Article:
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Vancomycin Initial Dosing

Patient Data

years

PK Parameters

L
hr-1
mL/min
L/hr
hrs
kg
%

Estimated/Alternative Dose

mg
hrs
hrs
mcg/mL
mcg/mL
mg


Dose Adjustments by Trough

Time from infusion to trough

 
hrs

Patient Data

mg
hrs
mcg/mL
hrs
L

Result for current dose

mcg/mL
hr-1
hrs

New/Alternative Dose

mg
hrs
hrs
mcg/mL
mcg/mL

Dose Adjustments by Two Levels

Time from C1 to C2

 
hrs

Patient Data

mcg/mL
mcg/mL
L
hrs
hr-1

New/Alternative Dose

mg
hrs
hrs
mcg/mL
mcg/mL

Peak after single dose, and Time from C1 to goal trough

Peak after single dose

mg
L
mcg/mL
mcg/mL

Time from C1 to goal trough

hr-1
mcg/mL

Goal trough

Time

hrs
hrs
hrs
hrs
hrs

Description of Calculators

  1. Vancomycin initial dosing
    1. Pharmacokinetic (PK) parameters volume of distribution (V) and vancomycin clearance (CLvanco) are estimated using the Bauer method.1
    2. First, ideal body weight (IBW) is determined:
      1. IBW for men = 50 kg + 2.3(height – 60 inches)
      2. IBW for women = 45.5 kg + 2.3(height – 60 inches)
    3. Next, patient data is evaluated for obesity, defined as: actual BW/ IBW ≥ 130%. The calculator automatically uses different ways of estimating V and creatinine clearance (CrCl) depending on obesity status.
    4. For non-obese patients:
      1. Volume of distribution (V) = 0.70 L/kg of actual BW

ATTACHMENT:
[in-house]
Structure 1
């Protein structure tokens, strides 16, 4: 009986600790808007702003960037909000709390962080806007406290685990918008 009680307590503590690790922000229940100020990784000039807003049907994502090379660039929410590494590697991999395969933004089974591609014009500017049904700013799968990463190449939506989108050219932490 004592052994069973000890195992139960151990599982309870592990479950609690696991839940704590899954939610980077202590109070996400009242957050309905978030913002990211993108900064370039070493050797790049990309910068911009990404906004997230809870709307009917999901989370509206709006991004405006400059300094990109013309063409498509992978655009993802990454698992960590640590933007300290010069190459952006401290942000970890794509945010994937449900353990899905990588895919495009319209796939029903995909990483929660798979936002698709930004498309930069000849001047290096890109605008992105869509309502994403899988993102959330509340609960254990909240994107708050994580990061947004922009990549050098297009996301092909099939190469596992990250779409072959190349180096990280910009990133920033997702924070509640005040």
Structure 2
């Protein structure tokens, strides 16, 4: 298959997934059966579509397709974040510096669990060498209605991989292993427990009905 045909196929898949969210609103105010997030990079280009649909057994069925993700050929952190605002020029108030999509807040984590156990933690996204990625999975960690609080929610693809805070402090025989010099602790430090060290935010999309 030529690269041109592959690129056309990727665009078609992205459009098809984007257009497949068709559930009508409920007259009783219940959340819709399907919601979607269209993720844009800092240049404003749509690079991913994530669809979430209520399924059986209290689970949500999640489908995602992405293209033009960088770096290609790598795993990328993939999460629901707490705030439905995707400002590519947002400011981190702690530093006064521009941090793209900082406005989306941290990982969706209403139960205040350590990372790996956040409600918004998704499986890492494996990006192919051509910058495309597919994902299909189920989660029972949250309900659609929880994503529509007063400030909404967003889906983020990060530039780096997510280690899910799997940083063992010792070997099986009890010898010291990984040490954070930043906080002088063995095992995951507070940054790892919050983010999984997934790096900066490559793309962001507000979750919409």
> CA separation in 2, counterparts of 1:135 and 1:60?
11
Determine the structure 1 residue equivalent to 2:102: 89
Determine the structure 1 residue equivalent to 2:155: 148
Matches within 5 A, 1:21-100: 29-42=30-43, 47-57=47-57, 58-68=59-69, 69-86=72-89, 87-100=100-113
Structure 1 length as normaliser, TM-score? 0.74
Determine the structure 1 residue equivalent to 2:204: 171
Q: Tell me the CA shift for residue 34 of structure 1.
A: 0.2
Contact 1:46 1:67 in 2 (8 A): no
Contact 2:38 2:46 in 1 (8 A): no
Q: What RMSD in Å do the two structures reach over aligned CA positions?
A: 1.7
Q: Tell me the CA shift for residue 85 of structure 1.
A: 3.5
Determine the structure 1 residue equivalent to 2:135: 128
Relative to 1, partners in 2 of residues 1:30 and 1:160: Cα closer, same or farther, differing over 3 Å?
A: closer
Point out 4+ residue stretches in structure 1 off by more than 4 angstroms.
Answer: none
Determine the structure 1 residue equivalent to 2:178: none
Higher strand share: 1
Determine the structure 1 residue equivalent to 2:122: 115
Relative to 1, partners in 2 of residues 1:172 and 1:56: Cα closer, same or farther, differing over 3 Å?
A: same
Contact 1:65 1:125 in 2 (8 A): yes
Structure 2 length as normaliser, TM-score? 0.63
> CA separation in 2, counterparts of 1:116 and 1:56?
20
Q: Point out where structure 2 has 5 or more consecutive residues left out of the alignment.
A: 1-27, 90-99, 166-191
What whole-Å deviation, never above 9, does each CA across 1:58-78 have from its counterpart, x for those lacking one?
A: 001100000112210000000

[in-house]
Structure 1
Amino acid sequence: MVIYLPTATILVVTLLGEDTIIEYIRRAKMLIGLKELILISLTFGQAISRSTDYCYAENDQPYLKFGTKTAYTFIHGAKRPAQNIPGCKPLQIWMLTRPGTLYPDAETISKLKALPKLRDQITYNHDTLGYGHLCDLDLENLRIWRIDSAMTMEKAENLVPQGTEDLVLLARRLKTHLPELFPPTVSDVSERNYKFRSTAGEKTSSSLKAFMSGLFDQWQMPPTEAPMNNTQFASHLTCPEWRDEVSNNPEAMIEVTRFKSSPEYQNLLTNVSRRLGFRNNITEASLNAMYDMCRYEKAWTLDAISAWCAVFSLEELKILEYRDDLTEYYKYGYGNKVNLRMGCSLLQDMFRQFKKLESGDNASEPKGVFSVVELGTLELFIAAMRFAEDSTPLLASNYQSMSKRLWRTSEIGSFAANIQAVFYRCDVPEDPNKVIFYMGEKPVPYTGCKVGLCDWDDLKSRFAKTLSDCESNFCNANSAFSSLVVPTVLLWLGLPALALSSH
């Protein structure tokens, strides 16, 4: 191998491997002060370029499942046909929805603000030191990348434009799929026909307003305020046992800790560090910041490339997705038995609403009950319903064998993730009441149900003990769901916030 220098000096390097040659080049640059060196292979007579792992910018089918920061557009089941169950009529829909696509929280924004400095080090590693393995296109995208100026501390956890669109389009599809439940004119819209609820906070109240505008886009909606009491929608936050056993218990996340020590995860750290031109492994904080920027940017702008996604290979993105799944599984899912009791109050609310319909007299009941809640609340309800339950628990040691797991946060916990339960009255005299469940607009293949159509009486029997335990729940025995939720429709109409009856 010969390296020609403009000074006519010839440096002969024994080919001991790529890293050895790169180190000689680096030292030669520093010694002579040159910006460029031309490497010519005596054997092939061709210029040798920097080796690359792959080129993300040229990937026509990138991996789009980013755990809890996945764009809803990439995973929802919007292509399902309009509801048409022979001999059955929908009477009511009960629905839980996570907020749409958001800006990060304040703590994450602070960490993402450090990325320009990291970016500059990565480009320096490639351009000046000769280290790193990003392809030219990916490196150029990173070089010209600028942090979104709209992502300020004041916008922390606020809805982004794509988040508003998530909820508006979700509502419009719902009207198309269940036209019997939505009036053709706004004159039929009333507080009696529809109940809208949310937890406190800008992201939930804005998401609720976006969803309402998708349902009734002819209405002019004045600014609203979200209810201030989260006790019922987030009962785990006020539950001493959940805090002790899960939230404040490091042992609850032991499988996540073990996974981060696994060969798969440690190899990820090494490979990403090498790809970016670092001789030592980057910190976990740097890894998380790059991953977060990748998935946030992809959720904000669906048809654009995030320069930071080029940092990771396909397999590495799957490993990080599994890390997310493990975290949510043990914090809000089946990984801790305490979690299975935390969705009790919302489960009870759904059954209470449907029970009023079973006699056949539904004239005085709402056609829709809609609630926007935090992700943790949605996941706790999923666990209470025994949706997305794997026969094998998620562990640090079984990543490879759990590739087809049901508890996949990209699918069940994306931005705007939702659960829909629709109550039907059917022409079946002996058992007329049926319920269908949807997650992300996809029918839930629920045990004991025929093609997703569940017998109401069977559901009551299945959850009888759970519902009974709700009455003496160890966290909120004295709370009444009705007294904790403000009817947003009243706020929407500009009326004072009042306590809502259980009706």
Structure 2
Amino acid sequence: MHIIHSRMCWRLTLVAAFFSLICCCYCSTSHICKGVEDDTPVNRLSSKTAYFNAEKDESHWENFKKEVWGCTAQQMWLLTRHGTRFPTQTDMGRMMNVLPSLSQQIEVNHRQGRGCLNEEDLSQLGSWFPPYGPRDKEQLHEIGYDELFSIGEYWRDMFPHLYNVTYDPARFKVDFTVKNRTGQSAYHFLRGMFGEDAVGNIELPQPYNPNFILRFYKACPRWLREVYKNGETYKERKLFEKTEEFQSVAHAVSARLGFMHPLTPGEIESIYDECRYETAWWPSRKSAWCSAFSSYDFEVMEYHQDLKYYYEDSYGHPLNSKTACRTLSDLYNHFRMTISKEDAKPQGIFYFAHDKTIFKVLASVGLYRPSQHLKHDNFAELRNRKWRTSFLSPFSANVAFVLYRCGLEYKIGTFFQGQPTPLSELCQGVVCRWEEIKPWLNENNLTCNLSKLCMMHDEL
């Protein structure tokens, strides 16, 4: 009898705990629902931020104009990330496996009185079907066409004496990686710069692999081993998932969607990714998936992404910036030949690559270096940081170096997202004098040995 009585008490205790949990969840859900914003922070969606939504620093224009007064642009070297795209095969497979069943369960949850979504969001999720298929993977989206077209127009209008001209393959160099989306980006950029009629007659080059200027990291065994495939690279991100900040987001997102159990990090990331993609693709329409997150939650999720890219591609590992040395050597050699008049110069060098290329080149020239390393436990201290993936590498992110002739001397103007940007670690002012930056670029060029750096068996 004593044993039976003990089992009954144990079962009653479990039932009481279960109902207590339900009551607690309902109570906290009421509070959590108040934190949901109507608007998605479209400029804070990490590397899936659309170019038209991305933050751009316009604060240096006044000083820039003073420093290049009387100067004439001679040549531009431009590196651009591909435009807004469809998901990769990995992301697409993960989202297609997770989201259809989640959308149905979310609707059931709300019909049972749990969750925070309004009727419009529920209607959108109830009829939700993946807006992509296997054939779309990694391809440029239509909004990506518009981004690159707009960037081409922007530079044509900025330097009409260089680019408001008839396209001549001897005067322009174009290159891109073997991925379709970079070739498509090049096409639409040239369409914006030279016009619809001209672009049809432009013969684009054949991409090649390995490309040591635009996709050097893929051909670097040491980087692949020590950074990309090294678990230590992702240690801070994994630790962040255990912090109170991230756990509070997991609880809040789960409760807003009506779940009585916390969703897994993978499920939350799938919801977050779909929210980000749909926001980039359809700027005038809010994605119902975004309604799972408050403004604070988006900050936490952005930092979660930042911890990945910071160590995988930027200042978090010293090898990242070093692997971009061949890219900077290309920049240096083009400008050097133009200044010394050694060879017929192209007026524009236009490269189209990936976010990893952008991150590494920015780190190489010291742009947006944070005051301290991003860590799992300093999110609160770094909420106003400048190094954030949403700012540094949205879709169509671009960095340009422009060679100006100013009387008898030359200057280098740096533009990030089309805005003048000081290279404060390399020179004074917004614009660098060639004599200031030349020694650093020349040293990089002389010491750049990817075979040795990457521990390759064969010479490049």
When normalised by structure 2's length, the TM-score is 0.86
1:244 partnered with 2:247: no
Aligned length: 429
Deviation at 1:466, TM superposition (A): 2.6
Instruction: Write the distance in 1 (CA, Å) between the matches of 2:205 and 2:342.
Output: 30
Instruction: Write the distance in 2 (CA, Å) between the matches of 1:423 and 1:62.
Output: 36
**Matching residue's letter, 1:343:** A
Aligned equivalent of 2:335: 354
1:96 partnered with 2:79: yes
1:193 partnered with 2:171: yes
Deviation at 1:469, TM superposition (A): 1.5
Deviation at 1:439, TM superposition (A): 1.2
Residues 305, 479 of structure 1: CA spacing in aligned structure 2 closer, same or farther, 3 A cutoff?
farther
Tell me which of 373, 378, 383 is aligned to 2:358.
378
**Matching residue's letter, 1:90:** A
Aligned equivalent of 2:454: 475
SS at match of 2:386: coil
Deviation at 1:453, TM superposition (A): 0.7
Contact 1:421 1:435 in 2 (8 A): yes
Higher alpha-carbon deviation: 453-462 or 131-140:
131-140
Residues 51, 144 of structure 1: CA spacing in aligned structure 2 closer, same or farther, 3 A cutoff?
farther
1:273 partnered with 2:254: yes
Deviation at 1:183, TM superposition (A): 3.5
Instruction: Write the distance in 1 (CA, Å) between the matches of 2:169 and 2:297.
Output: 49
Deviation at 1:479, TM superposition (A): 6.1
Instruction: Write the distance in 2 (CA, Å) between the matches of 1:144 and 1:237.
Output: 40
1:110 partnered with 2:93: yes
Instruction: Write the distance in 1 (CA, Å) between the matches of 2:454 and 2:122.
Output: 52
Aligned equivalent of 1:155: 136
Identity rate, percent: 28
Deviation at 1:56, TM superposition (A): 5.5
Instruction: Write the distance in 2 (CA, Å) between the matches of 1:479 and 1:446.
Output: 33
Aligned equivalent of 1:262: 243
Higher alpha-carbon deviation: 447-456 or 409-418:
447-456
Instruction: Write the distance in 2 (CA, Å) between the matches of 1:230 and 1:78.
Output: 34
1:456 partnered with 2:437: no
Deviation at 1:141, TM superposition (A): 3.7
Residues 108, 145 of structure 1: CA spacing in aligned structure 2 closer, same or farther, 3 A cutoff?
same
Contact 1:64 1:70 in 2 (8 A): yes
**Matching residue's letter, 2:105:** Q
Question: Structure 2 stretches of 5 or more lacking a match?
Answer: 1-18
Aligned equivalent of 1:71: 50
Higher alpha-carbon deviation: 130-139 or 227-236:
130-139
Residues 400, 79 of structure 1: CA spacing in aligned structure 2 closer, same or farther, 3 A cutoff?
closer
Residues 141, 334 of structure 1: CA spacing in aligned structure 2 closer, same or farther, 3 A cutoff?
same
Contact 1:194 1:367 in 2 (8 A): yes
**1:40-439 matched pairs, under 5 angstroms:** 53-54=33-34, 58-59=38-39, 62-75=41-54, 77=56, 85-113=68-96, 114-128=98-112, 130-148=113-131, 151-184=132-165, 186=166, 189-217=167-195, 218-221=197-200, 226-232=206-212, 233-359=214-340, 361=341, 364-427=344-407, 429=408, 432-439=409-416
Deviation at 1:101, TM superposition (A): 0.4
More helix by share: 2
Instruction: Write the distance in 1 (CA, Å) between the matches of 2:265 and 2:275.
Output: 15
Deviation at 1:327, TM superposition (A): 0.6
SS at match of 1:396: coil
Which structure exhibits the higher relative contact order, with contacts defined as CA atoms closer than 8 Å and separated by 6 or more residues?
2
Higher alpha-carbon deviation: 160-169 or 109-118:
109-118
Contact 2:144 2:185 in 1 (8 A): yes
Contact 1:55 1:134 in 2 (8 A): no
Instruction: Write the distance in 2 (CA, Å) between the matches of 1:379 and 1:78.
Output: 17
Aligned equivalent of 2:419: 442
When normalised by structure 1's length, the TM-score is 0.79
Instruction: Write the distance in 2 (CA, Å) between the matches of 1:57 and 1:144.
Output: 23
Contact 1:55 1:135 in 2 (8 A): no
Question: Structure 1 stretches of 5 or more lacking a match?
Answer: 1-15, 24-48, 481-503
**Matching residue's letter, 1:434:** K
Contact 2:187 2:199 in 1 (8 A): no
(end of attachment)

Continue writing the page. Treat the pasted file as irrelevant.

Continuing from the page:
1. V ranges from about 0.5 to 1.0 L/kg in non-obese patients.
      2. CrCl is calculated using the Cockcroft-Gault equation2
        1. CrCl = [(140 – age) actual BW] / (72 x SCr) *0.85 if female
    5. For obese patients:
      1. V = 0.70 L/kg of IBW
        1. The Bauer method uses IBW to calculate V in obese patients because V does not significantly change with obesity. Obese patients have kidney hypertrophy which increases glomerular filtration rate and vancomycin clearance.1
      2. CrCl is calculated by the Salazar-Corcoran equation3
        1. CrCl for men = (137 – age) [(0.285 x weight(kg)) + (12.1 x height(meters2))] / (51 x SCr)
        2. CrCl for women = (146 – age) [(0.287 x weight(kg)) + (9.74 x height(meters2)] / (60 x SCr)
    6. Vancomycin clearance (CLvanco) = [(0.695 x CrCl/ actual BW) + 0.05] (actual BW x 0.06)
    7. An elimination rate constant (K) is calculated based on vancomycin clearance and V:
      1. K = CLvanco/ V
    8. Half-life (T1/2): T1/2 = 0.693/ K
    9. Dosing interval (T): T = Ln (Peak/ Trough)/ K
    10. Dose = (Peak*V)(1 – e –K*T)
      1. CrCl is capped at 160 mL/min, which results in initial doses being capped at 1500 mg every 8 hours in most cases.  Consider reserving empiric maintenance doses of 1500 mg q8h for patients <55 years old, >100 kg, with CrCl >140 mL/min.  For non-obese patients consider limiting empiric maintenance doses to about 17.5 mg/kg q8h.